Having pulled ads in several battleground TV markets following a period of big summer spending, the Trump campaign could be in a cash-poor position with the most intense period of the election still to come. Perhaps that’s why the fundraising arm of the campaign, the Trump Make America Great Again Committee, used an image that is available for free on Shutterstock for an ad that ran the week of September 11, encouraging Americans to “support our troops.” The only problem with the frugal approach was that the picture is of a MiG-29, a Russian plane, as Politico reported:
Ruslan Pukhov, director of the Centre for Analysis of Strategies and Technologies in Moscow, confirmed in an interview with Politico that the planes are MiG-29s, first flown in the Soviet Union in 1977 as the answer to the American F-15 and F-16. The plane has also been sold to American adversaries such as Iran and North Korea. Pukhov also noted that the solider on the far right is carrying an AK-74, an update to the Kalashnikov that has been used against American forces in every conflict since Vietnam.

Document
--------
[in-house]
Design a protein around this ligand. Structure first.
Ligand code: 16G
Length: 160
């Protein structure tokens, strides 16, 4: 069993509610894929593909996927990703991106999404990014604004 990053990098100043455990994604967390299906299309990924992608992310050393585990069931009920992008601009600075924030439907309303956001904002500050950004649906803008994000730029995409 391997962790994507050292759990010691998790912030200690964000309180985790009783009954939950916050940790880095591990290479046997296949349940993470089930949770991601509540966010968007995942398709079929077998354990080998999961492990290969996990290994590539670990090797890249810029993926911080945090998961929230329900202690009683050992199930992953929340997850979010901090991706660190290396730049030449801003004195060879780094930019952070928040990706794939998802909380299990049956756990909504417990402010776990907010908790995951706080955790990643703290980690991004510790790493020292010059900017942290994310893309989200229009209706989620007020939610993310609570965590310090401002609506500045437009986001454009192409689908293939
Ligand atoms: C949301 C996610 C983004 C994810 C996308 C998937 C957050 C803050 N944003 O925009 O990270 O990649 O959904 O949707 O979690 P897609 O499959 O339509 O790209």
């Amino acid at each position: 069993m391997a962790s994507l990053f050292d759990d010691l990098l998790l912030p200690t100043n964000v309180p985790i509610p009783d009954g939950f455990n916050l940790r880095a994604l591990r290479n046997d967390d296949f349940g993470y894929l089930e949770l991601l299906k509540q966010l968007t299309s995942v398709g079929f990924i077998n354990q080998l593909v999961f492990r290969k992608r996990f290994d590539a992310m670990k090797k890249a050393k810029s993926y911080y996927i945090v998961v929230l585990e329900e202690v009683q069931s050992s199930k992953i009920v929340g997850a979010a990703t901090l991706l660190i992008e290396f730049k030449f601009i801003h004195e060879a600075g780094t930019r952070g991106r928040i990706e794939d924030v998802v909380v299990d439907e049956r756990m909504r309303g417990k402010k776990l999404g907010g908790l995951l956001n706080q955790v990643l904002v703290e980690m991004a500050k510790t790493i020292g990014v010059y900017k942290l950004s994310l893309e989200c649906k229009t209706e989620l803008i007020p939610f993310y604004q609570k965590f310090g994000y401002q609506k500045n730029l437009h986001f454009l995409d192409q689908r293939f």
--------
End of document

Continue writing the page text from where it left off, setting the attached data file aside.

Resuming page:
It’s not uncommon for campaigns, PACs, and other political actors to incorrectly source images from other countries in their messaging. In July, an ad run by the Trump campaign purported to show a police officer under assault in the “chaos & violence” of the summer’s demonstrations, when the photo was actually from a 2014 pro-democracy protest in Ukraine. But basic campaign strategy suggests that Trump would want to avoid running any images in which his name sits below images of the Russian military, considering that his lawyer has been working with an active Russian agent to smear Joe Biden, that he was recently marred by corroborated reports that he called American war dead “suckers” and “losers,” and that he reportedly did not take action for months after learning that Russia was offering bounties to the Taliban to kill American troops in Afghanistan.